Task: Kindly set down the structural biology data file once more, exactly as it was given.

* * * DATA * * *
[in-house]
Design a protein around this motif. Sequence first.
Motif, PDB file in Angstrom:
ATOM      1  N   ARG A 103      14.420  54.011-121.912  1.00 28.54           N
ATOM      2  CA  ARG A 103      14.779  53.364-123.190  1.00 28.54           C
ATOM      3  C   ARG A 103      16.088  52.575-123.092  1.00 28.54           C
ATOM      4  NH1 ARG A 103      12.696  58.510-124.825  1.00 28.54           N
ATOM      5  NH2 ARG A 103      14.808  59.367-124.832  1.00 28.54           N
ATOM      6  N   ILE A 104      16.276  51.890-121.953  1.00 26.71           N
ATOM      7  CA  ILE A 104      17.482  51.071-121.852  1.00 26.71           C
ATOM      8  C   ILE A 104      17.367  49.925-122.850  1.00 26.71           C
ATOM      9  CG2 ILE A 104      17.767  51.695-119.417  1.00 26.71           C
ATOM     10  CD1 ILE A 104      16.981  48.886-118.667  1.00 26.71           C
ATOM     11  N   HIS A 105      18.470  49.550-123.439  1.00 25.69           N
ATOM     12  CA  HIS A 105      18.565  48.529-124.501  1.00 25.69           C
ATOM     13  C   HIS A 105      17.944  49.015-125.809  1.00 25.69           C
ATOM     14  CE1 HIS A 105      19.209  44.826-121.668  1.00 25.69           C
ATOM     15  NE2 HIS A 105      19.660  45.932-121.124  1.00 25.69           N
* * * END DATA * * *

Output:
[in-house]
Design a protein around this motif. Sequence first.
Motif, PDB file in Angstrom:
ATOM      1  N   ARG A 103      14.420  54.011-121.912  1.00 28.54           N
ATOM      2  CA  ARG A 103      14.779  53.364-123.190  1.00 28.54           C
ATOM      3  C   ARG A 103      16.088  52.575-123.092  1.00 28.54           C
ATOM      4  NH1 ARG A 103      12.696  58.510-124.825  1.00 28.54           N
ATOM      5  NH2 ARG A 103      14.808  59.367-124.832  1.00 28.54           N
ATOM      6  N   ILE A 104      16.276  51.890-121.953  1.00 26.71           N
ATOM      7  CA  ILE A 104      17.482  51.071-121.852  1.00 26.71           C
ATOM      8  C   ILE A 104      17.367  49.925-122.850  1.00 26.71           C
ATOM      9  CG2 ILE A 104      17.767  51.695-119.417  1.00 26.71           C
ATOM     10  CD1 ILE A 104      16.981  48.886-118.667  1.00 26.71           C
ATOM     11  N   HIS A 105      18.470  49.550-123.439  1.00 25.69           N
ATOM     12  CA  HIS A 105      18.565  48.529-124.501  1.00 25.69           C
ATOM     13  C   HIS A 105      17.944  49.015-125.809  1.00 25.69           C
ATOM     14  CE1 HIS A 105      19.209  44.826-121.668  1.00 25.69           C
ATOM     15  NE2 HIS A 105      19.660  45.932-121.124  1.00 25.69           N